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Lt. Col. Timothy Pochop, director, Natural Resources and Environmental Affairs, points out the different parts of the Archeology and Paleontology Curation Center to Congressman Raul Ruiz during his visit to the Combat Center, March 18, 2016. The congressman serves on the House Committee on Veterans Affairs and the House Committee on Natural Resources. (Official Marine Corps photo by Cpl. Medina Ayala-Lo/Released)

Photo by Lance Cpl. Medina Ayala-Lo

Congressman Ruiz treated to tour of Combat Center

24 Mar 2016 | Story by Lance Cpl. Medina Ayala-Lo Marine Corps Air Ground Combat Center Twentynine Palms

TWENTYNINE PALMS, Calif. - As the largest combined arms, live-fire training facility in the Marine Corps, the Combat Center has the responsibility of ensuring Marines remain a force in readiness. With that mission comes great responsibility. Through initiatives such as the Water Conservation Plan, co-generation plants and the desert tortoise Headstart Program, the installation exceeds training expectations while remaining good stewards of the environment and conscientious contributors to the surrounding community.

Congressman Raul Ruiz visited the Combat Center to discuss the various programs aboard the installation March 18, 2016, and engage with command leadership to gain a better understanding of the Combat Center’s unique capabilities. Ruiz serves as the Congressman for California’s 36th District and serves on the House Committee on Veterans' Affairs and the House Committee on Natural Resources.

“One of the things that I’m really impressed with is the use of renewable energies,” Ruiz said. “There are programs the base has in place that can be used as an example for other communities.”

Maj. Gen. Lewis A. Craparotta, Combat Center Commanding General, briefed Ruiz alongside representatives from the staff offices on the mission of the Combat Center and the role each staff office plays in supporting that mission. Following the brief, Ruiz was treated to an aerial tour of the base via helicopter. The visit continued with lunch at Phelps Mess Hall and concluded with a tour of the Archeology and Paleontology Curation Center.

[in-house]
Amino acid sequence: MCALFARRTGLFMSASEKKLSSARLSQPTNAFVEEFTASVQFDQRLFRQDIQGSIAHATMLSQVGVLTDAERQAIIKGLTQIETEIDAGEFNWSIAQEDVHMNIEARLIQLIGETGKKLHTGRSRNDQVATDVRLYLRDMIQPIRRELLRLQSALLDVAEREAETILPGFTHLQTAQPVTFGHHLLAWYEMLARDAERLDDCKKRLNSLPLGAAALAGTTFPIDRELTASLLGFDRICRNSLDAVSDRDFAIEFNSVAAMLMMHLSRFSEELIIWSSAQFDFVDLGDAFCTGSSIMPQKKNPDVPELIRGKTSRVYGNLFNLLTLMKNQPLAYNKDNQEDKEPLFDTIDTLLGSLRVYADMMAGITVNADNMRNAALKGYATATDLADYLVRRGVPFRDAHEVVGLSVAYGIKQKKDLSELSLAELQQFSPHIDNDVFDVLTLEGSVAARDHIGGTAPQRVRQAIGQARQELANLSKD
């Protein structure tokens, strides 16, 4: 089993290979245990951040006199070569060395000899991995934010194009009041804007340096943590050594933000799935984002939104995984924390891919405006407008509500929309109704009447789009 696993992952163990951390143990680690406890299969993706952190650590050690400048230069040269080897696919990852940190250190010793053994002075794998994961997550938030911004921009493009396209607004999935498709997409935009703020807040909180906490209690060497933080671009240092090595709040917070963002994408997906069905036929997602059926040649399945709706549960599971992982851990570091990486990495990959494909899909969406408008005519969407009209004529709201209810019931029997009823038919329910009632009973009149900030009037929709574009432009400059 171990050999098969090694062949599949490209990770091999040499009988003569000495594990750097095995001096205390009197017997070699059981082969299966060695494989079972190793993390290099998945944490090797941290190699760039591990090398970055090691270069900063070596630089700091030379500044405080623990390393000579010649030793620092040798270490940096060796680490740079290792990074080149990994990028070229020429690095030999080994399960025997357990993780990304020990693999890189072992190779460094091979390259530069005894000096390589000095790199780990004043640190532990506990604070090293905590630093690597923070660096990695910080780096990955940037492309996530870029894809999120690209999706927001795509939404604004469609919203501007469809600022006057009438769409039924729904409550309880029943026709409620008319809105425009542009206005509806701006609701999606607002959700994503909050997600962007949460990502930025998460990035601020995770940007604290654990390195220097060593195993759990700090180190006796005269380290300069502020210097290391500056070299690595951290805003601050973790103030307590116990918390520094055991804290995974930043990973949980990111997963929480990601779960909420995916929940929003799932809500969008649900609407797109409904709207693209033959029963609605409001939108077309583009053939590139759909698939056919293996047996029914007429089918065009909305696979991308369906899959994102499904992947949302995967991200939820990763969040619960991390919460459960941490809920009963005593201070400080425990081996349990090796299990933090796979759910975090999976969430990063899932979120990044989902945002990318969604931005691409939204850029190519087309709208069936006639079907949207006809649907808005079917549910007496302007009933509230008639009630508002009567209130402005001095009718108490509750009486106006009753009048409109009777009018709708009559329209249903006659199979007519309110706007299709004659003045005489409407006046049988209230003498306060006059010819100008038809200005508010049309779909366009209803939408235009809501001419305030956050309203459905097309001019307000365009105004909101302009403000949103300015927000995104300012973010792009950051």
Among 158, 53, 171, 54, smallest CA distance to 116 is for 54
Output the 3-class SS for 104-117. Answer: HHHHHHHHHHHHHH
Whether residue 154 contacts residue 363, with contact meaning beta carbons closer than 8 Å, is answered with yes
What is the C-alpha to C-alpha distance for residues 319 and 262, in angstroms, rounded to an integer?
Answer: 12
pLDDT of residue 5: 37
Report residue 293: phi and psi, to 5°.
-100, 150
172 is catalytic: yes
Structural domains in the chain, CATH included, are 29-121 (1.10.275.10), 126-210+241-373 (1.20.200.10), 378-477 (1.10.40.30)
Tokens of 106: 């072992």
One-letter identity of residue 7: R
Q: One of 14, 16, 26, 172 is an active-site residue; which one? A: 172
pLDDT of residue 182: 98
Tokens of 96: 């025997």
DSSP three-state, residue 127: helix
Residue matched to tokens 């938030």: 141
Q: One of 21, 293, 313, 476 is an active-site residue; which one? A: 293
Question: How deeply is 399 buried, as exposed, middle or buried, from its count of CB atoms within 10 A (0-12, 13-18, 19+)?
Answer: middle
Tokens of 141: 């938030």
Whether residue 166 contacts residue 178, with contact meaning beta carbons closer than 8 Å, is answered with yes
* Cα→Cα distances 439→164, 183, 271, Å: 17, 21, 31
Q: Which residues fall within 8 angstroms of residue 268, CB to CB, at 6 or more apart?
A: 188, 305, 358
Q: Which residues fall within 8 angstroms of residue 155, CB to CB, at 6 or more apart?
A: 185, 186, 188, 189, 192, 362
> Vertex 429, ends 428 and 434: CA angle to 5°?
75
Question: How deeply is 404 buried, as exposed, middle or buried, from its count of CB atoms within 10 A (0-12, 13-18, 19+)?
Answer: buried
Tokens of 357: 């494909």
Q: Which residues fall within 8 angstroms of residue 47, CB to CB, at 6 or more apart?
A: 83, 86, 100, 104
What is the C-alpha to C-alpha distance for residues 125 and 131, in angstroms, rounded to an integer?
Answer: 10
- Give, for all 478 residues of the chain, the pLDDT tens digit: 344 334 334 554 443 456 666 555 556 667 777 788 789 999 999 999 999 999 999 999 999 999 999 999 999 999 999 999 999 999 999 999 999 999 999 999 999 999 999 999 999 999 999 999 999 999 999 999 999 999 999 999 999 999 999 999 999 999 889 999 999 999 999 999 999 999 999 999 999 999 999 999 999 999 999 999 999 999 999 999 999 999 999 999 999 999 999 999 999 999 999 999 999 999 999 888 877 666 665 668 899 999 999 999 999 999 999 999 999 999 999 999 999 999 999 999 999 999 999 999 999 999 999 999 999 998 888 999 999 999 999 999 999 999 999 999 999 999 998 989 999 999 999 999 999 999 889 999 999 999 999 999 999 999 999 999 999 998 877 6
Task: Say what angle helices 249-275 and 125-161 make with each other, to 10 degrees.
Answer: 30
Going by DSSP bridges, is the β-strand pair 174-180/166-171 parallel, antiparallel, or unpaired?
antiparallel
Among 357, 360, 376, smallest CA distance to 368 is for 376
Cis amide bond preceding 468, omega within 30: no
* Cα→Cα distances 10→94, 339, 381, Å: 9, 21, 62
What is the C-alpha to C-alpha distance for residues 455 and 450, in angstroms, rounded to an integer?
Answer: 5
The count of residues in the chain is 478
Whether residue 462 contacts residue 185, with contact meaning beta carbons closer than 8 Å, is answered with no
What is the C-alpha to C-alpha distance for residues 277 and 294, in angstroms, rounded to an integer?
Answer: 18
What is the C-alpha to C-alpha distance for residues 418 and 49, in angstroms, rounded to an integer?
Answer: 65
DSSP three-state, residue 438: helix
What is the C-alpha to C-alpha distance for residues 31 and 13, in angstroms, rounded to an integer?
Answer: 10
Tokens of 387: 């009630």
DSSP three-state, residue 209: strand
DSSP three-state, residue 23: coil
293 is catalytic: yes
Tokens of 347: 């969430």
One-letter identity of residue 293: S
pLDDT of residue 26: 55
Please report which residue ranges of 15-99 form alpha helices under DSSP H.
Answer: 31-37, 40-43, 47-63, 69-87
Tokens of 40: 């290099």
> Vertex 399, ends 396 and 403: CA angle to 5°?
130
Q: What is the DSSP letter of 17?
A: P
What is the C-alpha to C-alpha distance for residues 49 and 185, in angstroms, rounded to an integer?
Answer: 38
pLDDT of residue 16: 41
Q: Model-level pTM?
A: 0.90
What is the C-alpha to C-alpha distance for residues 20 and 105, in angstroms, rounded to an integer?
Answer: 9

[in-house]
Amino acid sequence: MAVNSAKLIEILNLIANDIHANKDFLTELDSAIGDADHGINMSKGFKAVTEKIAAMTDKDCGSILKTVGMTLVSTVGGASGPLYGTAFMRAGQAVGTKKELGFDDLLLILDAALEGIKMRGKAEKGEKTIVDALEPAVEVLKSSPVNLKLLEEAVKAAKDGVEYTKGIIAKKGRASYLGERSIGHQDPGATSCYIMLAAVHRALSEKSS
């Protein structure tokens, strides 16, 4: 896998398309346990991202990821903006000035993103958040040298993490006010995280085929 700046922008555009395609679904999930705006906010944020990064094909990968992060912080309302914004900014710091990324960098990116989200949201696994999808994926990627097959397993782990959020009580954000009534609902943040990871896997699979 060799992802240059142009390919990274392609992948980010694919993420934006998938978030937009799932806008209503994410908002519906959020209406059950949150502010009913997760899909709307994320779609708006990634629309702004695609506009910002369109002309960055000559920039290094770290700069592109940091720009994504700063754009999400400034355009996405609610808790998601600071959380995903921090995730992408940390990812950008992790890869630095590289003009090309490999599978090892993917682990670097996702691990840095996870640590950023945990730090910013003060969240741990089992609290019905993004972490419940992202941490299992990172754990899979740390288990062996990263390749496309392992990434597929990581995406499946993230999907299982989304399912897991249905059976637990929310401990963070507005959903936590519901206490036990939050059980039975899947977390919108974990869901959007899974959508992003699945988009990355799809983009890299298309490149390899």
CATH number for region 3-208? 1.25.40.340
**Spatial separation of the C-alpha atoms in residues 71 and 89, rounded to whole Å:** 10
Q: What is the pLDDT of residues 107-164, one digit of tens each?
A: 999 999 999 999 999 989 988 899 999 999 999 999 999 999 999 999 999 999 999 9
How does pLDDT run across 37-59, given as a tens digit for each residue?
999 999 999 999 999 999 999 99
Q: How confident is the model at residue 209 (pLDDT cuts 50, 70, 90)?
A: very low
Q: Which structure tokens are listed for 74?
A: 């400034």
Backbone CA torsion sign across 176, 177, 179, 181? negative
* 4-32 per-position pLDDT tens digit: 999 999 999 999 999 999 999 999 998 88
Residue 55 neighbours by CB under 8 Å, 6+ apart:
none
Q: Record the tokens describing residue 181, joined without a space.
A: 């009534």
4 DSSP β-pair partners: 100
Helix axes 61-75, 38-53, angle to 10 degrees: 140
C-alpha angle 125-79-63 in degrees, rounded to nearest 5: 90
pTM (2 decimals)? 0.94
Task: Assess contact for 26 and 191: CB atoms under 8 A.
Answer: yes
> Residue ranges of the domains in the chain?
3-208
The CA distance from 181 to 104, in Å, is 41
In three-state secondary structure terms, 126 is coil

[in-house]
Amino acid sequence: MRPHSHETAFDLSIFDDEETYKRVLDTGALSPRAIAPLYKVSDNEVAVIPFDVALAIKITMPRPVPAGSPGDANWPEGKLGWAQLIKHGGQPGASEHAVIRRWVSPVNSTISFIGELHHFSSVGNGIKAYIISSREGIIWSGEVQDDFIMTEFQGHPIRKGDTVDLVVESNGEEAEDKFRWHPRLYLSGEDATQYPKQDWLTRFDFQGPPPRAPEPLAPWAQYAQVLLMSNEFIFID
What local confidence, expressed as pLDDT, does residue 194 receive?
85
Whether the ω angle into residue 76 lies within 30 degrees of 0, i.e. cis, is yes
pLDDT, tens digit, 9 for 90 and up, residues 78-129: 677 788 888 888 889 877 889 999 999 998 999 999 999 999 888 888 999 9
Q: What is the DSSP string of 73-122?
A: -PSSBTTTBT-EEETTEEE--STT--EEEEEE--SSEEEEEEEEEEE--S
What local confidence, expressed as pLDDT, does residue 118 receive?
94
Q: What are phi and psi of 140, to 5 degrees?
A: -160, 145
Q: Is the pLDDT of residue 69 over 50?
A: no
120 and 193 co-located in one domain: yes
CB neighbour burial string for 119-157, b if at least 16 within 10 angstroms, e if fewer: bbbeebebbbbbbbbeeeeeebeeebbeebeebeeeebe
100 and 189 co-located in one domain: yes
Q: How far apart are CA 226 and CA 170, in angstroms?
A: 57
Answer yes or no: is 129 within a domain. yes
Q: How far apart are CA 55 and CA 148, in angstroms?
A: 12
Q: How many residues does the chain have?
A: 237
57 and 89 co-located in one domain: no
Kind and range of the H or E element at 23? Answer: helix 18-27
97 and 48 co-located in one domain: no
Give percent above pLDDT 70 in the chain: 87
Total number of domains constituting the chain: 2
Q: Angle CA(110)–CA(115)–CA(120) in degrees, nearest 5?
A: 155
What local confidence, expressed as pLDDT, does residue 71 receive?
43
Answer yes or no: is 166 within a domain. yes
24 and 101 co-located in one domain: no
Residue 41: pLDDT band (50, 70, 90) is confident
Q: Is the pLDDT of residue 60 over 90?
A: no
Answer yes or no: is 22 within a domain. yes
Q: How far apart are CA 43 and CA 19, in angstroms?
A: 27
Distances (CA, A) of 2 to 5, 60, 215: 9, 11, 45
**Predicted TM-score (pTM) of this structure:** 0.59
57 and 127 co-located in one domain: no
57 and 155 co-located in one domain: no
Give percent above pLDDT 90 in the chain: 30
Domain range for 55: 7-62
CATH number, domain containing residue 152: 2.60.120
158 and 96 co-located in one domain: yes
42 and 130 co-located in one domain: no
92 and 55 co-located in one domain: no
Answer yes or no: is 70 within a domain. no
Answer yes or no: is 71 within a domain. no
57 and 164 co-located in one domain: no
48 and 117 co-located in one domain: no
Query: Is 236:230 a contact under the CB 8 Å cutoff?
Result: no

“I think it’s good to raise people’s awareness outside of the installation as to all the conservation measures that we take,” said Lt. Col. Timothy Pochop, director, Natural Resources and Environmental Affairs. “All the efforts we have in place to conserve water, to ensure good air quality or minimize impacts on the tortoises, are great to advertise to folks outside the fence line so they know what we’re doing here.”

In addition to gaining insight as to how the base functions, the congressman also hoped to gain more knowledge on what the transition from active duty to veteran is like.

Ruiz says serving our veterans is important to him because of the dignity with which they served our country and the spirit they have for serving one another. Ruiz spoke highly of his visit to the installation saying he enjoyed the people he met and the facilities he toured.

“I had a great time,” Ruiz said. “Seeing the combat and training grounds via helicopter was very impressive, I enjoyed my conversations with good human beings who care about our country, who have the discipline to do good work and a devotion to our communities.”

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Marine Corps Air Ground Combat Center Twentynine Palms